“Sheffield MP Irvine Patnick revealed that in one shameful episode a gang of Liverpool fans noticed that the blouse of a girl trampled to death had risen above her breasts. “As a policeman struggled in vain to revive her, the mob jeered: ‘Throw her up here and we will **** her'” – The Sun Newspaper on Hillsborough
“After smashing their way into the Kalam brothers’ East London home at 4.10am on Friday two armed police officers rushed up the stairs to seize the two men. Security sources say the cops were confronted by the Muslim brothers, who were trying to run down the steps, and a scuffle broke out. This is understood to have climaxed with 20-year-old Abdul Koyair making a grab for a police firearm, which already had its safety catch off. In the desperate struggle that followed, the gun was fired and the bullet hit 23-year-old mail worker Abdul Kahar in the shoulder.” – News of the World on the botched Forest Gate raid
These stories of course despite coming from “reputable sources” were later proven to be complete fabrications.
Police Actions Met with Impunity
1989: The scale of Hillsborough cover-up was unprecedented in British history:
2006: Three police officers were acquitted by a jury of killing the 26-year-old after Robin Goodenough was stopped in 2003 in Oxford. He was punched in the face, his face was smashed on the road which left him with two broken teeth and a broken jaw. He swallowed so much blood that he could not breathe and died of a heart attack.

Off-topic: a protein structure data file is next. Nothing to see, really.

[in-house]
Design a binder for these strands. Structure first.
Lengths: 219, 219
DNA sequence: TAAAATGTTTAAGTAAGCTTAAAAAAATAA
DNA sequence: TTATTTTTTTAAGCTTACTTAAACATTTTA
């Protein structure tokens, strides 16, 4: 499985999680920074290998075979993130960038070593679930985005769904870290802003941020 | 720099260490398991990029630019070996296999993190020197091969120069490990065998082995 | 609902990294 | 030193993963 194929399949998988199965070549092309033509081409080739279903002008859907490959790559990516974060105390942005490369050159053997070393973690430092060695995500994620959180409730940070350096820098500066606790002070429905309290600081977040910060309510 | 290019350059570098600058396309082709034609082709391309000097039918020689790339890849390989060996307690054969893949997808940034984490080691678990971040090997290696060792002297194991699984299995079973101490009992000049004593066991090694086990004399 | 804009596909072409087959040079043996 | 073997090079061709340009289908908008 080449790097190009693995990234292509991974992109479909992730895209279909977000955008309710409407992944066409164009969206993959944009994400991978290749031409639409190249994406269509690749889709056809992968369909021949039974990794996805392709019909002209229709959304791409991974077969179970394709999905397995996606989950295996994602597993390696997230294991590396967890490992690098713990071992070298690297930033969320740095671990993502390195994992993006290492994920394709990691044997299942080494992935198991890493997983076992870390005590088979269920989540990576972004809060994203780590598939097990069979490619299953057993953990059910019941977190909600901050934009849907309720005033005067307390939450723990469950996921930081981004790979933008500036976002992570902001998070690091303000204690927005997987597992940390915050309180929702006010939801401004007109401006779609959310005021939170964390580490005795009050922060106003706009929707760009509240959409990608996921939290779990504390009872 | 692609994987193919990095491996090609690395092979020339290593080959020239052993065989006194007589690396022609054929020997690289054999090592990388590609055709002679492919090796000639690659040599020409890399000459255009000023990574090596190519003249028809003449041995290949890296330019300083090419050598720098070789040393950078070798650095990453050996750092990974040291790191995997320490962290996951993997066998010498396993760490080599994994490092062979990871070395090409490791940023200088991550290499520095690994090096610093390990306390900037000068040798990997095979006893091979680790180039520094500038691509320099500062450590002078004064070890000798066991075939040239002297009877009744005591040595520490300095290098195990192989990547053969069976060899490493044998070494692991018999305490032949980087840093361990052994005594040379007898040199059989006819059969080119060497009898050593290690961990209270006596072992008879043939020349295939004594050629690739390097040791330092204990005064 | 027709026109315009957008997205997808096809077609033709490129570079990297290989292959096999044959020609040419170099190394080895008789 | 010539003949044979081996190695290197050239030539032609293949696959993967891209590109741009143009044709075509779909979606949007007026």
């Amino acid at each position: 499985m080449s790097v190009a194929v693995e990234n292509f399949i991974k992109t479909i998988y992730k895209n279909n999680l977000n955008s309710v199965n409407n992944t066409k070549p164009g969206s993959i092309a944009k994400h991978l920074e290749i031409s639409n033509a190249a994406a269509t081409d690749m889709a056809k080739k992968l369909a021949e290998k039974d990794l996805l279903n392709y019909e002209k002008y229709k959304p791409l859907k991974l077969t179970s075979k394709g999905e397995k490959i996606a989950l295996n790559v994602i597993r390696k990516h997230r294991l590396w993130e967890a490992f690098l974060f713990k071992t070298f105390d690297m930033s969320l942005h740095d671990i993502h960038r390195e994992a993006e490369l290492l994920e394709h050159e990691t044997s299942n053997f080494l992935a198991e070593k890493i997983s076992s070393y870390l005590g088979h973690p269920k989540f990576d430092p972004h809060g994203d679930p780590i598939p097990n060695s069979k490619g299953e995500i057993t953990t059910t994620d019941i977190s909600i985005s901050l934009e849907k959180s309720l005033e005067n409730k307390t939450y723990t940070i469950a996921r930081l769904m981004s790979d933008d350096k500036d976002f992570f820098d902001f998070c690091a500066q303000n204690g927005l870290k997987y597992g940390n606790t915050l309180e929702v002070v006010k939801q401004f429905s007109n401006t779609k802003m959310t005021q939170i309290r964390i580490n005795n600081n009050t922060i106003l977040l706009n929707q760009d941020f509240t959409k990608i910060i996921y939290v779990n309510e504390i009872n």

2012: Alfie Meadows suffered brain injury after a police baton cracked his skull during the student protests of 2011. He was charged with violent disorder and awaits a retrial whilst his attacker has yet to be investigated of their conduct.
Better Times Ahead?
The problem doesn’t lie with a few bad apples, it is systemic across the forces in England and Wales. David Crompton promise of a culture of “transparency and openness” still awaits the families of Smiley Culture (David Emmanuel) with Surrey Police, Kingsley Burrell and Demetre Fraser – West Midlands Police, Sean Rigg – Metropolitan Police (Brixton), Christopher Alder – Humberside Police, and many more cases where the coroner report has been of questionable veracity or not still yet undisclosed.
Thanks to the independent charity, Inquest, we know in England and Wales, since 1990 over 1000 people have died either whilst in custody or by being shot by the police. Since 1967 of no English or Welsh officer has been prosecuted for a death in their custody. When officers are suspected of wrongdoing, their word is taken as fact, contrary evidence is consistently ignored and in the few occasions when it is overturned, it is only done so with unsought video evidence. Most continue with their careers unheeded, those few suspected officers who do eventually exit the force, do so with their financial benefits protected or even enhanced. Also with the sole exception of Harwood, their reputation intact.
The apologies of the historic ills of Hillsborough ring hollow, as today in 2012 when the police patrol the streets, they can fearlessly go out and make a killing.